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Just one Guy's personal blog of thoughts & sense--common, non, and otherwise--of the world in which we live.

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Location: Nipomo, Central Coast, California, United States

I also blog over at Nipomo News, Messenger and Advocate and Bloggernacle Times

Saturday, October 22, 2005

Libby's Spotlight Dimming

Sunday's Washington Post has a fascinating, fact filled story on Dick Cheney's chief of staff, the man who launched 80 days in jail for the New York Times' Judith Miller. I. Lewis "Scooter" Libby according to the Post once joked he would be Cheney's chief of staff till he was indicted. Well, Scooter, like so many self fulfilling prophecies of the Bush administration, this one may be a little too close to home.

I'm not sure what it says about Scooter, than he won't say what the I stands for in his name--but it makes me wonder just how secure he is:
Several aspects of Libby are subject to varied interpretations, or at the very least, casual mystery. Libby is loath to disclose -- even to close friends -- what the "I" stands for in his name. Matalin credits USA Today with "breaking" the story that Libby's first name is "Irv" (though other publications had reported "Irving" and public databases list him as "Irve").

Cheney's office would not confirm or deny what the "I" stands for.

Is there really an official talking point of no comment from the Vice President's office when asked about Scooter's first initial? Then there is the etiology of "Scooter" which is apparently equally mysterious:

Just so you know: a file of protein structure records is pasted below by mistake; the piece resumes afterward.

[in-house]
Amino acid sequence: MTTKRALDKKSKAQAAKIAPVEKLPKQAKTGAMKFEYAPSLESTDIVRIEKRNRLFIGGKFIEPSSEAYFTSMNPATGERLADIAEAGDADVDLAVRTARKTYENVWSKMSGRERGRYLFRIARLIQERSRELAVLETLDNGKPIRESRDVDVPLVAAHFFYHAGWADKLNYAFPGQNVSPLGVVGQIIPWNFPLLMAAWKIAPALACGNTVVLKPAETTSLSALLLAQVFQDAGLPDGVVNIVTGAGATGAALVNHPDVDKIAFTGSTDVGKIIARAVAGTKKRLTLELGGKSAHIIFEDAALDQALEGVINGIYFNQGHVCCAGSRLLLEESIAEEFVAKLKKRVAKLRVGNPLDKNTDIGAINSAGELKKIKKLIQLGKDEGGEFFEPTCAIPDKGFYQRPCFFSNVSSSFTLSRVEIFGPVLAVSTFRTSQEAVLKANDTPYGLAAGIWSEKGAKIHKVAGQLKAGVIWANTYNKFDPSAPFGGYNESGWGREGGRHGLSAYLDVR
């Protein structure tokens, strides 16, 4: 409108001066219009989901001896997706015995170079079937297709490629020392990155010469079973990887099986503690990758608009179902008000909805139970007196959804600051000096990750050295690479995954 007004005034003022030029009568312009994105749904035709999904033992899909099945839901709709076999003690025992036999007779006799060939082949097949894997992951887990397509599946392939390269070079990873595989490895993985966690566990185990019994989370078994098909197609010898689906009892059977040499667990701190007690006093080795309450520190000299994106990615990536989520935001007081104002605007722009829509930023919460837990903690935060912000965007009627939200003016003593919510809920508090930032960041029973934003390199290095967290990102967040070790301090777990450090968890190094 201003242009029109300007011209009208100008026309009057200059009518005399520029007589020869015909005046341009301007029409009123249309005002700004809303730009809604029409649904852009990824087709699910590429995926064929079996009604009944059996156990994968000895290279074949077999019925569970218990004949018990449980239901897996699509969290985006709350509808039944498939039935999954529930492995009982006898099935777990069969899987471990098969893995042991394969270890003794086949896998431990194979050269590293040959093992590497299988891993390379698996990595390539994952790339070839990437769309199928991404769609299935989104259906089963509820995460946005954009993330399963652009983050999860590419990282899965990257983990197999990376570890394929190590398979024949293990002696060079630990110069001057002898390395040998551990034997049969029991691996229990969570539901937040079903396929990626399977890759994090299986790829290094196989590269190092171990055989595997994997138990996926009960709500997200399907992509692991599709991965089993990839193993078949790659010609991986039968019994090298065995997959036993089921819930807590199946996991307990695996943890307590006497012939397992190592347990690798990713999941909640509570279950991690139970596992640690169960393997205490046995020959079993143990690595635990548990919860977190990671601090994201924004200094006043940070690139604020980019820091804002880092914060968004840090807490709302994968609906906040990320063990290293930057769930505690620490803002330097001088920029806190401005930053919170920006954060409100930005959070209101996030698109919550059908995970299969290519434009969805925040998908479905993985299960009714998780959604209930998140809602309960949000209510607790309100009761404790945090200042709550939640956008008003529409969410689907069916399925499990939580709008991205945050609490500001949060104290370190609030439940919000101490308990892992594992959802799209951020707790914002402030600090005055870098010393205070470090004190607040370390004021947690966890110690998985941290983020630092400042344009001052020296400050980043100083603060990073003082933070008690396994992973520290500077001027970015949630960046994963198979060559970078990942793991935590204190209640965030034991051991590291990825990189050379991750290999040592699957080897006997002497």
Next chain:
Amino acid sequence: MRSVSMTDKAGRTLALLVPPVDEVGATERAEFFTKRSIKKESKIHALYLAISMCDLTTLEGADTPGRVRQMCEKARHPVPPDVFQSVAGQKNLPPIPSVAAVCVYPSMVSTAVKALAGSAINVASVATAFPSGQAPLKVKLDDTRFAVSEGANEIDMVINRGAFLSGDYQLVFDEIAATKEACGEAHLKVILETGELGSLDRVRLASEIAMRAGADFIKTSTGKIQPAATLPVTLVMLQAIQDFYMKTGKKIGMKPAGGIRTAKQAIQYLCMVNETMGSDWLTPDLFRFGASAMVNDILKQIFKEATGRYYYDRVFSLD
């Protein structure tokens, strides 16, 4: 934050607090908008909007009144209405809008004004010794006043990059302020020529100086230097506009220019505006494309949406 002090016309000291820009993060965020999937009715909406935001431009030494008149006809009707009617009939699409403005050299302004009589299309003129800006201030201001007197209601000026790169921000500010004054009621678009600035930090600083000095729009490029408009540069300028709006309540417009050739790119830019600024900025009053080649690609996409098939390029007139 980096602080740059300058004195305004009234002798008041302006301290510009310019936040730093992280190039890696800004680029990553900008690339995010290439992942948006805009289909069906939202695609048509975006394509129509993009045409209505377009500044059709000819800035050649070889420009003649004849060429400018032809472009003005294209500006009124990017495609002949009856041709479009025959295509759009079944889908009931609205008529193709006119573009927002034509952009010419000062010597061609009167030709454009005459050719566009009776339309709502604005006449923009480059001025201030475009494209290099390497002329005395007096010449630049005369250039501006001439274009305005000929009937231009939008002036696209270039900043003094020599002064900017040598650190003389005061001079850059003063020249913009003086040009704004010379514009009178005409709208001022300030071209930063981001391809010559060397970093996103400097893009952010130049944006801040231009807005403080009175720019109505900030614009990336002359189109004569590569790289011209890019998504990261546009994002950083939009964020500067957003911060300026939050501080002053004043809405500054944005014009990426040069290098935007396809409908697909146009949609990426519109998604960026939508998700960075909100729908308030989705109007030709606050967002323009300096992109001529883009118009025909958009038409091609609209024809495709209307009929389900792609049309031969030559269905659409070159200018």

Likewise, there are differing accounts of where "Scooter" comes from. He told the New York Times in 2002 that his father, an investment banker now deceased, coined it upon seeing him crawl across his crib. The same year, in an interview with King, Libby spoke of a childhood comparison to New York Yankees Hall of Fame shortstop Phil "Scooter" Rizzuto ("I had the range but not the arm," Libby said).

I'm not sure. What significance does this name and initial thing have? Does Scooter's secrecy begin with his name, and extend all they way to being Judith Miller's secret source?

More interesting is the web of links with all the high ranking neo cons of the Bush administration:

"He's always been excruciatingly careful, which is ironic in his situation," says World Bank chief Paul Wolfowitz, a former deputy secretary of defense and a longtime mentor of Libby's . . .

Among vice-presidential aides throughout history, Libby is distinctive for the power and authority he wields, a product largely of Cheney's outsize role in the Bush administration. Libby holds three titles: chief of staff and national security adviser to Cheney, and assistant to Bush. Like few other advisers, he attends the highest level of White House meetings. He attends the weekly gathering of Bush's top economic advisers and -- according to Bob Woodward's book "Plan of Attack," about the Bush administration's run-up to the Iraq war -- was one of two non-principals who attended National Security Council meetings with the president after Sept. 11, 2001 (the other was Condoleezza Rice's then-deputy, Stephen Hadley) . . .

After graduating from Columbia Law School, Libby was practicing law in Philadelphia in 1981 when Wolfowitz, then an assistant secretary of state, recruited him as a speech writer . . .

Libby also worked for Wolfowitz during Wolfowitz's stint as policy undersecretary of defense during the first Bush administration. He had long been interested in unconventional warfare, particularly in the Middle East, and his portfolio included the biological and chemical capabilities of Saddam Hussein. Cheney, then secretary of defense, shared Libby's interest in weapons of mass destruction and was, according to a Pentagon official of that era, impressed by his diligence and analytical skill . . .

This comming week, with the expected conclusion of Patrick J. Fitzgerald's investigation, should be interesting for Scooter, I. and the rest of the gang.


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